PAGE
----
By Marco Gamez
1. Worst Drought
According to the National Weather Service, in 2011 Texas endured the single worst drought in it's history. During the drought, which began in October 2010, wildfires burned thousands of square miles and may have killed as much as half a billion trees (Tam 1). The weather was hot and dry with very little rain throughout the year. August 2010 through July 2011 saw the brunt of the worst drought with abnormally low rainfall. Many ranchers had to cull their cattle and many farmers suffered record low yields in crops. The rains were so few that rivers dried, lake levels dropped by incredible degrees, and the economy of Texas took a huge hit to the tune of billions of dollars. 2. Causes
So what caused such a drought in the southern US? The answer is not simple and there are many factors involved when trying to discern the facts from the all the possible culprits. Dr John Nielsen-Gammon, the State Climatologist who is also a professor of at Texas A&M University where he teaches atmospheric sciences points the finger to three patterns that are largely responsible for the 2011 drought. The Atlantic Multidecadal Oscillation, a temperature variation that became warm during the mid 1990's. The Pacific Decadal Oscillation, a similar pattern which began cooling Pacific in the tropics during 2009, and The El Niño/La Niña Southern Oscillation. In mid 2010, La Niña developed from the previous weather pattern of El Niño.
Dr. Nielsen-Gammon stated that the 1950's and early 60's was the last time the weather patterns aligned causing a drought that lasted almost 10 years (Combs 3). 3. Blame it on La Niña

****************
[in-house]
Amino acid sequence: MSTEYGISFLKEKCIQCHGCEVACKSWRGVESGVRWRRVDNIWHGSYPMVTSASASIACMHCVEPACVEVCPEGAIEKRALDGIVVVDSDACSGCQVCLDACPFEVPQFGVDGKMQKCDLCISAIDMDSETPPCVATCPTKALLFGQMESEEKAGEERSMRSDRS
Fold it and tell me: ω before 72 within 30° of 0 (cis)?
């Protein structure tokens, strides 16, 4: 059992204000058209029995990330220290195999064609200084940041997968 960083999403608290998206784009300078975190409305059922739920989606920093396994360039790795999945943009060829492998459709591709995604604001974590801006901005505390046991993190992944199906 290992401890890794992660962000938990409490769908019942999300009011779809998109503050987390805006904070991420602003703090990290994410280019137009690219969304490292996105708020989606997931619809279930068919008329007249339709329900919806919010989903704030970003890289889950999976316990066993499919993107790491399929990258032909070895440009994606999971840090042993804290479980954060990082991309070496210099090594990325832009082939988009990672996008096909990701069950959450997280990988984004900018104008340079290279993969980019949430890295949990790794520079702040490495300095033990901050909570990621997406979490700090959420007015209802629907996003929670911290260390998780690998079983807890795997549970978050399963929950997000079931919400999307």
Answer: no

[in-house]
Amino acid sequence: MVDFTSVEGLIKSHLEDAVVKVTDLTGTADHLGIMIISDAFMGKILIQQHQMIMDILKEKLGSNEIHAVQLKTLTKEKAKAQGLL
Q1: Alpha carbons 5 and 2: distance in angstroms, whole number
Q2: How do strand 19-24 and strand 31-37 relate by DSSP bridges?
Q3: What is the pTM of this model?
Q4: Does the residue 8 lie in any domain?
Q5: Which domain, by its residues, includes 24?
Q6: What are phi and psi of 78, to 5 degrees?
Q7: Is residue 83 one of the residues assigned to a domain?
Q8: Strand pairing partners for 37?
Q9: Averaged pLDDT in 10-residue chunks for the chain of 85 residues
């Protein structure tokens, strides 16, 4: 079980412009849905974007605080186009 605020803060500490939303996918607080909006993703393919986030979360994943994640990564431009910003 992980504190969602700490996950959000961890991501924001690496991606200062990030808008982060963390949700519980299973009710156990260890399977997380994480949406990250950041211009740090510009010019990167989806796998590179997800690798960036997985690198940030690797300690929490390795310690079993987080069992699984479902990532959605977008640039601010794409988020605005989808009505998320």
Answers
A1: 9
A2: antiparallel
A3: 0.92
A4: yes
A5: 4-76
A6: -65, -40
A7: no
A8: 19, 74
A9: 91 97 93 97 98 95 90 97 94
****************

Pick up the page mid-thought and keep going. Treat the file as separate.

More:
During a time when the east coast has had a flood of rain, Texas has been suffocating under a drought not seen in at least a hundred years. According to an article on New Scientist, the drought and the high temperatures were caused by the “lingering effects” from the La Niña ENSO that occurred from the summer of 2010 to the spring of 2011. The La Niñas have caused precipitation to bypass Texas by traveling across the northern states(New Scientist 4).
In the text book Physical Geography: A Landscape Appreciation, La Niña is described as having the opposite effects of El Niño and being “an episodic atmospheric and oceanic phenomenon of the equatorial Pacific Ocean, particularly prominent along the west coast of South America” but which has global impact including “the southwestern United States is drier than usual while Southeast Asia and northern Australia are wetter” (Stadler 131). The book goes on to state that the causes and effects of the weather oscillations are not fully understood. While a strong El Niño might bring rain to Texas, a weak or moderate El Niño might cause either strong rains or drought effects. The book also states that there is a possibility that global warming may be having an effect on the intensity of the oscillation but that there is no clear evidence to make a connection as of yet (Stadler 136). 4. Human Effects
Janet Raloff in online science magazine Science News makes the argument that the recent intense weather may have its roots in a climate affected by humans (Raloff 14). She cites a report written by David Rupp for the Bulletin of American Meteorological Society on behalf of Oregon State University that Texas' chances of experiencing extremes in hot and dry weather during an event of La Niña have increased twenty-fold since the 1960's and caused by global warming, an effect produced by humans. Rupp goes on to say in the same report that “most of the large-scale warming that has occurred over the past 50 years is thought to be attributable to the anthropogenic increase in greenhouse gas levels” assisting in identifying the culpable agents leading to the 2011 event. Rupp concludes by stating that the conditions leading to the event of 2011 are much more likely to reoccur than 40 or 50...